Levels of Evaluation
Evaluation is often looked at in terms of four different levels that are known as the "Kirkpatrick levels" that are listed below. In general, the complexity of evaluation increases with the level of training required.
1. Level 1. Reaction
What does the learner feel about the training?
Gathering information to answer this question is relatively easy, since it can be done immediately following training and usually does not require the careful thought needed for higher levels of evaluation.
Strategies. Common strategies to gauge reaction include having a discussion with participants (e.g., as a whole or in small groups) or asking them to fill out a brief survey.
Sample questions. Sample questions in an open format survey that collects qualitative information include:
- Would you recommend this course to others? Why or why not?
- What were your expectations coming into the course? Were they met?
- What was the most useful aspect of the training? Least useful?
- Do you feel your time was well spent in this training? Why or why not?
You can also ask questions in a format that can be quantified. For example, make a series of positive statements (see below) and ask respondents to fill in one of five bullets to the right of each labeled “strongly agree; agree; neither agree nor disagree; disagree; or strongly disagree.” These responses represent a Likert scale, which is commonly used to measure attitudes. Examples of ways to capture responses using this type of scale can be found at The University of Connecticut’s Neag Center for Gifted Education and Talent Development, which has a tool that helps you create a Likert Scale.
Sample statements participants can be asked using a Likert scale include:
- I would recommend this course to others.
- The training met my expectations.
- My time was well spent in this training.
2. Level 2. Learning
How did learners’ knowledge, skills, or attitudes (KSAs) change as a result of this training?
The second level of evaluation measures whether or not learning objectives of the training were achieved, as assessed after the training.
Strategies. Pre and post questions
provide detailed feedback on the training.
Ideally, you should ask the same questions before and after training so that you can measure the impact of training more accurately. In practice, to save time, many training sessions simply ask for a single self-report at the end of training. For instances, a common approach is to list each objective, and then ask each participant to rate how well he or she could perform that objective before and after training. This one-time assessment is less accurate than using a pretest and post-test.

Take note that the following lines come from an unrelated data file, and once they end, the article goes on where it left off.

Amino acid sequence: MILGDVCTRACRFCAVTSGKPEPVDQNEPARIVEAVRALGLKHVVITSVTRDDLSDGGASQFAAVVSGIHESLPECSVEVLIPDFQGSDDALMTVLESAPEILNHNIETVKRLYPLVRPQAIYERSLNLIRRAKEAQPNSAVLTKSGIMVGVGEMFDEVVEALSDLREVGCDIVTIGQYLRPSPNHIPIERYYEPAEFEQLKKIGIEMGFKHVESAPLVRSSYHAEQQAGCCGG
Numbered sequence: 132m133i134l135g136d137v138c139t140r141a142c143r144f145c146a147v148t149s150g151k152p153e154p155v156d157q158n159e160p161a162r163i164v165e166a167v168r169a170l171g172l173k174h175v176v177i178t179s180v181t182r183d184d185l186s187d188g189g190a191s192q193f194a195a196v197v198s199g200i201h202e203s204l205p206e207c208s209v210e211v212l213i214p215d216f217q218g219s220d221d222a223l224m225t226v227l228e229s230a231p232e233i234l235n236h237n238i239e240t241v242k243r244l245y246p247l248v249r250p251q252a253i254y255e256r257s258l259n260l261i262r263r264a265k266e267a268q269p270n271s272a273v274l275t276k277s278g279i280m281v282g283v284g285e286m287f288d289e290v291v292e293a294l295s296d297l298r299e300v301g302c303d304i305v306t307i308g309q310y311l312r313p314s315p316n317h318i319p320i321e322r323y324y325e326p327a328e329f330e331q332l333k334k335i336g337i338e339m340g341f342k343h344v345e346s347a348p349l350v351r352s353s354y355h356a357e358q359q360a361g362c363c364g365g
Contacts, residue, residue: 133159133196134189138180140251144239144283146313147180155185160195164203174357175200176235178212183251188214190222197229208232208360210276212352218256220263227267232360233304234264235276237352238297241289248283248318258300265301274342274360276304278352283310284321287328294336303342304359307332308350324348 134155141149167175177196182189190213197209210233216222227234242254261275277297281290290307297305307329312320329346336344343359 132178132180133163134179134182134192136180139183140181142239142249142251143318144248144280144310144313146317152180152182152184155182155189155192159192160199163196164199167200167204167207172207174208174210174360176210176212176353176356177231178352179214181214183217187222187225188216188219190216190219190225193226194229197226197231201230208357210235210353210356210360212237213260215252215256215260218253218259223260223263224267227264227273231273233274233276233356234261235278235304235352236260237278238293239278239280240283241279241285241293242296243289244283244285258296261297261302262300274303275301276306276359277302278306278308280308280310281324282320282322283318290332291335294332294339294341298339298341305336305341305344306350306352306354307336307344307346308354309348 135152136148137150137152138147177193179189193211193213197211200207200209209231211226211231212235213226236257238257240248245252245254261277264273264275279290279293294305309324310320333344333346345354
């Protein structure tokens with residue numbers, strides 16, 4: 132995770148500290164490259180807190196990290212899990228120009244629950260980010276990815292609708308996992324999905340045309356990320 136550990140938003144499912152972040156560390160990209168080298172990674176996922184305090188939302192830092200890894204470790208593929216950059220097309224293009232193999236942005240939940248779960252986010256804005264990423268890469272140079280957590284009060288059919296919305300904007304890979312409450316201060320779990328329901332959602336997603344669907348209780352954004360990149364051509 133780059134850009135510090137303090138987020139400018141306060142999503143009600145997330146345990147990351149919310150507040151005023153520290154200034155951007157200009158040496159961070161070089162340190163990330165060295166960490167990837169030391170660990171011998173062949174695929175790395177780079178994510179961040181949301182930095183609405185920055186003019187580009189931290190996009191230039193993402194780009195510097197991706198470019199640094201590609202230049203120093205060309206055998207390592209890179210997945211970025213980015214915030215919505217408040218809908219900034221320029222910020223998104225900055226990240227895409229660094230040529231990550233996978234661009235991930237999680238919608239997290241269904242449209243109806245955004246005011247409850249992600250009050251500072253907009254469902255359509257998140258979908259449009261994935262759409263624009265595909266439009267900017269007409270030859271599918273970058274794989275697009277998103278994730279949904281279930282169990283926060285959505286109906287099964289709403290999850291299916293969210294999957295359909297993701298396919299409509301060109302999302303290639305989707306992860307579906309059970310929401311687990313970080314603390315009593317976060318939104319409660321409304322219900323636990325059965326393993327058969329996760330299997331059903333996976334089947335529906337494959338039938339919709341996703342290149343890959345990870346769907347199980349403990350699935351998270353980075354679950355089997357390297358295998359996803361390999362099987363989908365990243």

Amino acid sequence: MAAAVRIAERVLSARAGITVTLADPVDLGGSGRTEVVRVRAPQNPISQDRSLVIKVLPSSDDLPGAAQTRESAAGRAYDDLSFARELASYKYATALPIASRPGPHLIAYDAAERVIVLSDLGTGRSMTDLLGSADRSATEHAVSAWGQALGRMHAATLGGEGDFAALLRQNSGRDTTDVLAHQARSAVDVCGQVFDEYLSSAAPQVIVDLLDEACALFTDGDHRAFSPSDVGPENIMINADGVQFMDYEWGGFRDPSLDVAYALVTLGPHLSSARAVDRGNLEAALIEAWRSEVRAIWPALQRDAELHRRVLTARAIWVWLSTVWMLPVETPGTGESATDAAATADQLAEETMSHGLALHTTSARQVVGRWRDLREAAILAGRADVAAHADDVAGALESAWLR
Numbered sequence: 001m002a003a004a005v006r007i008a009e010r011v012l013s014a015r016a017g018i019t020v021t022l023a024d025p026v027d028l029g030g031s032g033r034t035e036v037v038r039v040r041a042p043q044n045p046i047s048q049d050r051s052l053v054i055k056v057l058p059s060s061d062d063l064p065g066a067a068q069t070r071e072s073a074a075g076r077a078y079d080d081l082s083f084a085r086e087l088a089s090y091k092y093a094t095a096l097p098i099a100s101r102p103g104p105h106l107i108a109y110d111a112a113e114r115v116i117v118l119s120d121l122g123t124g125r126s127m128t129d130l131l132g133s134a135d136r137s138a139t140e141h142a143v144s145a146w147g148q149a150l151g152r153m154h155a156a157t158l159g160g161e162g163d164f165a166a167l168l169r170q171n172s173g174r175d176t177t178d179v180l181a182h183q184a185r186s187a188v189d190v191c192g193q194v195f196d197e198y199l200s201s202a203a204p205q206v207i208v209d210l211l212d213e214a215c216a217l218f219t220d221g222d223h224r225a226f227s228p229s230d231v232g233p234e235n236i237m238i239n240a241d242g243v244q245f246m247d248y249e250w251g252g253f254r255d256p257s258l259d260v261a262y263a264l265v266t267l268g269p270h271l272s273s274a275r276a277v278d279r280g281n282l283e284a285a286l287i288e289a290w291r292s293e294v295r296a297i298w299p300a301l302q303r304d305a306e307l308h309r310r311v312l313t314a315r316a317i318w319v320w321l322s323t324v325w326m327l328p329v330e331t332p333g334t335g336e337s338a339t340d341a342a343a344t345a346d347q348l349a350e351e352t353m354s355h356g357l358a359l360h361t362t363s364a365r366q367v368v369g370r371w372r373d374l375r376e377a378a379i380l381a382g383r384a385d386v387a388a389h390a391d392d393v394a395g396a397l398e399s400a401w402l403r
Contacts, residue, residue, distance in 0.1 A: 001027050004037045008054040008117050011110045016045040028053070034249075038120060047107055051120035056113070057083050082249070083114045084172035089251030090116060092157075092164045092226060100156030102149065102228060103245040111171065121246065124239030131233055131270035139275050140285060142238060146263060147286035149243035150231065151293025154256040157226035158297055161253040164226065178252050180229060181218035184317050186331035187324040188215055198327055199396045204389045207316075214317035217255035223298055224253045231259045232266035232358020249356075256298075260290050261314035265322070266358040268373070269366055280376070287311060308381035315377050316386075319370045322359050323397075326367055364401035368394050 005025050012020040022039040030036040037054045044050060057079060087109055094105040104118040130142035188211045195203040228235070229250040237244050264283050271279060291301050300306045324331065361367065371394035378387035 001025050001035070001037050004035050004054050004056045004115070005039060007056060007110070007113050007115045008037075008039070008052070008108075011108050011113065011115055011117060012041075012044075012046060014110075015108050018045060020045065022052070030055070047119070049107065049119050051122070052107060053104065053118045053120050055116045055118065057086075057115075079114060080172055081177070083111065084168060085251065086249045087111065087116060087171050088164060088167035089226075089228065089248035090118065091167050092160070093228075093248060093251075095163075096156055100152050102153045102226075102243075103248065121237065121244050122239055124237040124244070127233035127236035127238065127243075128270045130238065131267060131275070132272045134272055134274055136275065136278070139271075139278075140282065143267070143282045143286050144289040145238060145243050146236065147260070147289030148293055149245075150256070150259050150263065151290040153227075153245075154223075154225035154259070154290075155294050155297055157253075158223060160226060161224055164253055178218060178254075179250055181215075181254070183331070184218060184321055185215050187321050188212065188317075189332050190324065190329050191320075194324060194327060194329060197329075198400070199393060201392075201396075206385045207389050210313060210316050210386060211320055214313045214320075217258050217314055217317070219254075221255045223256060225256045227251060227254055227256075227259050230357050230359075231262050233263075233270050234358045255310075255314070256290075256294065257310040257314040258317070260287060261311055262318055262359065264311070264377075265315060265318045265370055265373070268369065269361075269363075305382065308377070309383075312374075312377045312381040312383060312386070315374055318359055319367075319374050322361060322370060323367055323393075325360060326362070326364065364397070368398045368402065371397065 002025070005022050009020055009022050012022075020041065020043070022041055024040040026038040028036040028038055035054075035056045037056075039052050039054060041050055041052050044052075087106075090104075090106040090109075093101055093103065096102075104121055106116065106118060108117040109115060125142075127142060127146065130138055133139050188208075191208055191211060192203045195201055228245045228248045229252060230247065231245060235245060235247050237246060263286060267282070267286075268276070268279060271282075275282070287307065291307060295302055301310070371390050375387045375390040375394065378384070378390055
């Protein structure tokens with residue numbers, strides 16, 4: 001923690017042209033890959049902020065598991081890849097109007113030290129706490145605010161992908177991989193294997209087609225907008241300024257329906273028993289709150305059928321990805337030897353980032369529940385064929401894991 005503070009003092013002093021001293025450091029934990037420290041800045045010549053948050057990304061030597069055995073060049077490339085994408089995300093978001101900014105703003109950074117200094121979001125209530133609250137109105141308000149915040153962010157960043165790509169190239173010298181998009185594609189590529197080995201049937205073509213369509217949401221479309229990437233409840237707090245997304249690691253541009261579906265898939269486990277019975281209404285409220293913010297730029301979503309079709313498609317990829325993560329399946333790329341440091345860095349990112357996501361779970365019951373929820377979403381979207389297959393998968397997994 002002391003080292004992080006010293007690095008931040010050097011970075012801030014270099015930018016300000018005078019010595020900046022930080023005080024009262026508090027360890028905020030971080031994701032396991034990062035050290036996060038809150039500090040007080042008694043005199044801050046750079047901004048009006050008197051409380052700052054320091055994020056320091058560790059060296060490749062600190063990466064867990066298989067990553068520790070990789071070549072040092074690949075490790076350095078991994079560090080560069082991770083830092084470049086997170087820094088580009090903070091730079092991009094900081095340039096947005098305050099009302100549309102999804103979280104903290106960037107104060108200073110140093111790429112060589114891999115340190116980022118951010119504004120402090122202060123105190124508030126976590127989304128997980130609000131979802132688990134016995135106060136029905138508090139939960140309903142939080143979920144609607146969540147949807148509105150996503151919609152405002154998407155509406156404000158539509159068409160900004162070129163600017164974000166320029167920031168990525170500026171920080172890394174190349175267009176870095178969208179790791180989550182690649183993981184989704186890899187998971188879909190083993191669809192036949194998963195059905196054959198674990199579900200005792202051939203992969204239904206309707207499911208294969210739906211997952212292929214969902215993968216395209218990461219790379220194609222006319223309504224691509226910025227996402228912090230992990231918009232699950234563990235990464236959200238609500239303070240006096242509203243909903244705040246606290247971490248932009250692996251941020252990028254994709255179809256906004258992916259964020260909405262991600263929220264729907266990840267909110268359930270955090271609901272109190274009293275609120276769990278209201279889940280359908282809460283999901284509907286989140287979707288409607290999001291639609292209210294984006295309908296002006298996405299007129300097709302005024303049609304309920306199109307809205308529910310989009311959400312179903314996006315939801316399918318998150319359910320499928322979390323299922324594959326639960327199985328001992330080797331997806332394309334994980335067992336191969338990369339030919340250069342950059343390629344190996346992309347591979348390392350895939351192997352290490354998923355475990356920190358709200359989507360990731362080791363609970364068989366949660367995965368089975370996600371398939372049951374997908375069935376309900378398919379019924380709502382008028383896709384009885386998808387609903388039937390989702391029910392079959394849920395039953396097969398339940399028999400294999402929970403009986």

In-class activities offer instructors a chance to see whether learners can apply new material within the classroom environment. Activities should resemble as closely as possible real-life applications. For example, after demonstrating a counseling technique for the class, the instructor can ask class members to pair off and role play a situation in which a technique that has been taught would be used. Role playing allows the instructor to get a general idea of how well the class understands the material by simply walking around the classroom and listening.
3. Level 3. Transfer of Skills to the Workplace
What skills did the learner develop? What new information is the learner using on the job to perform his or her job functions?
While a Level 2 Evaluation can measure how well the learner “got” the content by the end of training, we know that our memories are designed for efficiency. If a participant cannot use what they have learned in a short time period, the information will be lost. Examples of training that are likely to waste dollars include:
- Training employees to perform new job functions months before they are required to perform them, or after they have been on the job long enough to develop their own ways of doing things.
- Training evaluators to use data management software 6 months before it is installed on their computers.
- Training providers to comply with new regulations months before they go into affect, or when they are likely to change.
We also know training is ineffective when there are barriers to using concepts presented in
the trainee’s “real world.” For example:
- Train staff to use a best practice that cannot be implemented as taught because of funding restrictions, population characteristics, State law, or other reasons.
- Train staff to provide integrated care for co-occurring disorders when, in fact, licensing, funding restrictions, or agency standard operating procedures do not allow the level of integration between mental health and substance abuse counseling envisioned in the training.
- Train staff to implement a practice their supervisors do not support.
A Level 3 Evaluation is designed to determine whether there are barriers to implementation that were not anticipated at the design stage. If a component is not being implemented, an evaluation should try to collect data on the reason for this. Possible explanations may include:
- Learner did not understand skill well enough to use it;
- Purpose of the new procedure was unclear;
- New skill was not encouraged by a supervisor or conflicted with agency procedures;
- Trainee’s own attitudes and beliefs prevented him or her from using the procedure and perceiving its relevance.
Strategies. To determine whether or not the learner (or learners) has been able to apply skills from training on the job, you have five basic choices. You can use any one approach, or all of them in combination, that include:
- Training participant report. Ask the learner how many times he or she has used a particular skill in a given period (e.g., related questions may include what difficulties he or she encountered in trying to use the skill, whether desired outcomes were achieved, and what additional training or assistance would help him or her improve);